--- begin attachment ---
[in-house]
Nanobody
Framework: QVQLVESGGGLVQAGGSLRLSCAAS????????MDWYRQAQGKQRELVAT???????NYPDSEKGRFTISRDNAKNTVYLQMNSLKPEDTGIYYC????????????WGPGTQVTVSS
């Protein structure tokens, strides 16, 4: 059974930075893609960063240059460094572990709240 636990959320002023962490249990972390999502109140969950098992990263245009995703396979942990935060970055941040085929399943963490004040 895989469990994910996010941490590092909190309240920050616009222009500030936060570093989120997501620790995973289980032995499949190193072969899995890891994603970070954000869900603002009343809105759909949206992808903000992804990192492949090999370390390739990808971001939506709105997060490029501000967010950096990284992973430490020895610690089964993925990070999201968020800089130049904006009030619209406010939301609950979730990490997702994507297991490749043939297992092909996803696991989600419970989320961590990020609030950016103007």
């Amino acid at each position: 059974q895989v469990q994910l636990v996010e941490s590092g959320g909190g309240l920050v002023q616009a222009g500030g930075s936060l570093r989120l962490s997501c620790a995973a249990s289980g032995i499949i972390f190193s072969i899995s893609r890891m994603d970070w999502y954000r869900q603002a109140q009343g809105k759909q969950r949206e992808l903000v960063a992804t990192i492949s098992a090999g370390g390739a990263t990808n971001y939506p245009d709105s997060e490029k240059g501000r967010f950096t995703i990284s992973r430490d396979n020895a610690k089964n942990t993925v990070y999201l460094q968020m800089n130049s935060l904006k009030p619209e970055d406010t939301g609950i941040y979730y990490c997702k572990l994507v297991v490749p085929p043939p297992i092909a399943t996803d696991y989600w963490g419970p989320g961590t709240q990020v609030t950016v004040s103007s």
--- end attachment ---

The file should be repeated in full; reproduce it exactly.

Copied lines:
[in-house]
Nanobody
Framework: QVQLVESGGGLVQAGGSLRLSCAAS????????MDWYRQAQGKQRELVAT???????NYPDSEKGRFTISRDNAKNTVYLQMNSLKPEDTGIYYC????????????WGPGTQVTVSS
């Protein structure tokens, strides 16, 4: 059974930075893609960063240059460094572990709240 636990959320002023962490249990972390999502109140969950098992990263245009995703396979942990935060970055941040085929399943963490004040 895989469990994910996010941490590092909190309240920050616009222009500030936060570093989120997501620790995973289980032995499949190193072969899995890891994603970070954000869900603002009343809105759909949206992808903000992804990192492949090999370390390739990808971001939506709105997060490029501000967010950096990284992973430490020895610690089964993925990070999201968020800089130049904006009030619209406010939301609950979730990490997702994507297991490749043939297992092909996803696991989600419970989320961590990020609030950016103007």
């Amino acid at each position: 059974q895989v469990q994910l636990v996010e941490s590092g959320g909190g309240l920050v002023q616009a222009g500030g930075s936060l570093r989120l962490s997501c620790a995973a249990s289980g032995i499949i972390f190193s072969i899995s893609r890891m994603d970070w999502y954000r869900q603002a109140q009343g809105k759909q969950r949206e992808l903000v960063a992804t990192i492949s098992a090999g370390g390739a990263t990808n971001y939506p245009d709105s997060e490029k240059g501000r967010f950096t995703i990284s992973r430490d396979n020895a610690k089964n942990t993925v990070y999201l460094q968020m800089n130049s935060l904006k009030p619209e970055d406010t939301g609950i941040y979730y990490c997702k572990l994507v297991v490749p085929p043939p297992i092909a399943t996803d696991y989600w963490g419970p989320g961590t709240q990020v609030t950016v004040s103007s």